HOUSEHOLD STORIES from The BROTHERS GRIMM

51 Tales translated to English by Lucy Crane & Illustrated by Walter Crane

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HOW MRS. FOX MARRIED AGAIN.                   169
SECOND VERSION.
HEN old Mr. Fox died there came a wolf to woo, and he knocked at the door, and the cat opened to him; and he made her a bow, and said,
" Good day, Miss Cat, so brisk and gay, How is it that alone you stay ? And what is it you cook to-day?"
The cat answered,
" Bread so white, and milk so sweet, Will it please you sit and eat ? "
" Thank you very much, Miss Cat," answered the wolf; " but is Mrs. Fox at home ? " Then the cat said,
" She is sitting upstairs in her grief,
And her eyes with her weeping are sore, From her sorrow she gets no relief, Now poor old Mr. Fox is no more !"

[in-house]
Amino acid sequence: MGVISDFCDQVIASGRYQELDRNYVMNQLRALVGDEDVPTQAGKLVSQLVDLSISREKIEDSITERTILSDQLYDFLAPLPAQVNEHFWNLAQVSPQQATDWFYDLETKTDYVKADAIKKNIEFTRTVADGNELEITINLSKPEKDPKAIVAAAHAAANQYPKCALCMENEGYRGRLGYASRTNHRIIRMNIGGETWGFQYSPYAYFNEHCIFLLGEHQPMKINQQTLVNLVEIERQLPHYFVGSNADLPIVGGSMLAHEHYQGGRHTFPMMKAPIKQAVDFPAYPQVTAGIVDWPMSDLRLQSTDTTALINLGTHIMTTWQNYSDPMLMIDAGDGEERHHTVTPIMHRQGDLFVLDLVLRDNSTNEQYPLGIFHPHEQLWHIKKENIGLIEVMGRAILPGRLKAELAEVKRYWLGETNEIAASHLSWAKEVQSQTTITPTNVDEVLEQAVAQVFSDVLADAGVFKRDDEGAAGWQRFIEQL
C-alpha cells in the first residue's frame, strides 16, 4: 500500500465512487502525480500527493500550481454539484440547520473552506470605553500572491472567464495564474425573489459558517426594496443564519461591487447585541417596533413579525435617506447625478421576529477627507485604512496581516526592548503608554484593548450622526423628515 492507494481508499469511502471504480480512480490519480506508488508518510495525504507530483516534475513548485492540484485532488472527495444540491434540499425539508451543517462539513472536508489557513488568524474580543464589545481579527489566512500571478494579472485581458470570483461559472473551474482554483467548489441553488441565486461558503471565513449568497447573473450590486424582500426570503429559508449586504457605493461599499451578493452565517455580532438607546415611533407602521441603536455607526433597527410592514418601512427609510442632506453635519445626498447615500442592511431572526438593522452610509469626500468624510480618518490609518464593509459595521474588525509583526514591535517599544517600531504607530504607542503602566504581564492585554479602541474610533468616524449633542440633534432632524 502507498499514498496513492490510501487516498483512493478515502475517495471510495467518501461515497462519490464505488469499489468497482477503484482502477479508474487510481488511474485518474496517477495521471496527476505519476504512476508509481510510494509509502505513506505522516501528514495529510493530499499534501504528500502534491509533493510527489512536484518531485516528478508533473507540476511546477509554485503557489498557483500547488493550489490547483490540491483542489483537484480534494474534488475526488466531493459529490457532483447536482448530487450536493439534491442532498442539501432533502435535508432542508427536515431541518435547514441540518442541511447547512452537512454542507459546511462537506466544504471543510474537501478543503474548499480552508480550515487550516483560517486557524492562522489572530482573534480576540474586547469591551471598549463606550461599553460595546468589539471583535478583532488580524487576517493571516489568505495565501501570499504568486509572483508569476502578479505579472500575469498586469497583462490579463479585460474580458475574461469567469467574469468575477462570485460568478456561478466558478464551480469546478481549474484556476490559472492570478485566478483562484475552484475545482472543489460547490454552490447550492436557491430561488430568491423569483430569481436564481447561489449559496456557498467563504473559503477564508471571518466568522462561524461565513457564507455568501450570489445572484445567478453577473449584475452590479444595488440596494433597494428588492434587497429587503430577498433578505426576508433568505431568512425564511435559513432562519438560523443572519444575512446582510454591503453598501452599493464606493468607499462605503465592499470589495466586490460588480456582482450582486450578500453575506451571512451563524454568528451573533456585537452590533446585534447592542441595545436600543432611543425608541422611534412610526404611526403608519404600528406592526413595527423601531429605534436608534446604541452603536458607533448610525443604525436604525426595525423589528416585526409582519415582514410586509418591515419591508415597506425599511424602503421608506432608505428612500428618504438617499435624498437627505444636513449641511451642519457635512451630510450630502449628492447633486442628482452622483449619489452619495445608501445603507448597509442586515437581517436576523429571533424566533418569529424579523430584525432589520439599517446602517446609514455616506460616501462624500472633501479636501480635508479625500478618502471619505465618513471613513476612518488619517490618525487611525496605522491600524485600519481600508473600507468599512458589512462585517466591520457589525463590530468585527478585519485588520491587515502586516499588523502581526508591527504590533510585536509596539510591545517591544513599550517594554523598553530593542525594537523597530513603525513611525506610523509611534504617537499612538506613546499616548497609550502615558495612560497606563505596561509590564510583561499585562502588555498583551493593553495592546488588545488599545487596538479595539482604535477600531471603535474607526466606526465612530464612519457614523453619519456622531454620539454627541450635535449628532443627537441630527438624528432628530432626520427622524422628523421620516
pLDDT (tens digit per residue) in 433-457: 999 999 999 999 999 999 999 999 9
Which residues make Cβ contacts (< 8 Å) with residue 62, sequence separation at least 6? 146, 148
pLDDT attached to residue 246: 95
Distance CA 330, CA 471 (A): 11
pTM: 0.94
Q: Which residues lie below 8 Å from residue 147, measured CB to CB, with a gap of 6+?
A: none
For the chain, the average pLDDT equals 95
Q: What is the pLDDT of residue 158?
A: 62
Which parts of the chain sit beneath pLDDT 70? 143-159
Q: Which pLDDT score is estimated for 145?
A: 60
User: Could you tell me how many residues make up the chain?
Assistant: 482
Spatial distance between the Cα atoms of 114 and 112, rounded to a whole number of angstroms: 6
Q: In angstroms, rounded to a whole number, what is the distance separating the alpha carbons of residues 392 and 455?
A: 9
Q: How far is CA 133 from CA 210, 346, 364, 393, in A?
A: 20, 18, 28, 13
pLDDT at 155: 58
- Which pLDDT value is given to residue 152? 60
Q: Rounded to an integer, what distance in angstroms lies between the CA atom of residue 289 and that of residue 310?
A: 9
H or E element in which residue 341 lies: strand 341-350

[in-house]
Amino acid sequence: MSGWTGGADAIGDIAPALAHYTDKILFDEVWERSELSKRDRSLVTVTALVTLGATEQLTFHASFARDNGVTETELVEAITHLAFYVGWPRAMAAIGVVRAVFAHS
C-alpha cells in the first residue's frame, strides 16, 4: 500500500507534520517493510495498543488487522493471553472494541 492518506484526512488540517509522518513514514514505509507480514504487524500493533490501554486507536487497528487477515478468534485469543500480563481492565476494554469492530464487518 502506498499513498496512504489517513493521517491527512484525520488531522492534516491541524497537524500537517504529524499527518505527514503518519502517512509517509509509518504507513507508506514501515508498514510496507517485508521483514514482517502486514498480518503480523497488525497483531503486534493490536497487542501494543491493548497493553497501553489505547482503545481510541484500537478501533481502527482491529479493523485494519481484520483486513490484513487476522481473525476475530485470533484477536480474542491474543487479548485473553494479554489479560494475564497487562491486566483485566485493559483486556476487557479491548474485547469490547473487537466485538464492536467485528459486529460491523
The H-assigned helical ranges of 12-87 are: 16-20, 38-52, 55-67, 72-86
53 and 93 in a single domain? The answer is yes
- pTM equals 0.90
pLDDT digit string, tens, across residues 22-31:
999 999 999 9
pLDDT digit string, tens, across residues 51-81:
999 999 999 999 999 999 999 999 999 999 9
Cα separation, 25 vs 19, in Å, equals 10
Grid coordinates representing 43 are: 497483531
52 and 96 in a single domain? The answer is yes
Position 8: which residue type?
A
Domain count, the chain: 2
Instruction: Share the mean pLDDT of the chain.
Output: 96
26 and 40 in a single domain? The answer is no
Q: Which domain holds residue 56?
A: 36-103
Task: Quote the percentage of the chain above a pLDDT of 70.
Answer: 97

The wolf answered,
" Won't she take another spouse, To protect her and her house ? "
Up went the cat, pit-a-pat, pit-a-pat.
She knocks at the door, rat-a-tat, rat-a-tat!
" Mrs. Fox, are you there?" " Yes, yes, pussy dear !" " There's a suitor below, Shall I tell him to go ? "
But Mrs. Fox asked, "Has the gentleman red breeches and a sharp nose ? "
" No," answered the cat.
" Then I won't have him," said Mrs. Fox.
After the wolf was sent away, there came a dog, a stag, a hare, a bear, a lion, and several other wild animals. But they all of them lacked the good endowments possessed by the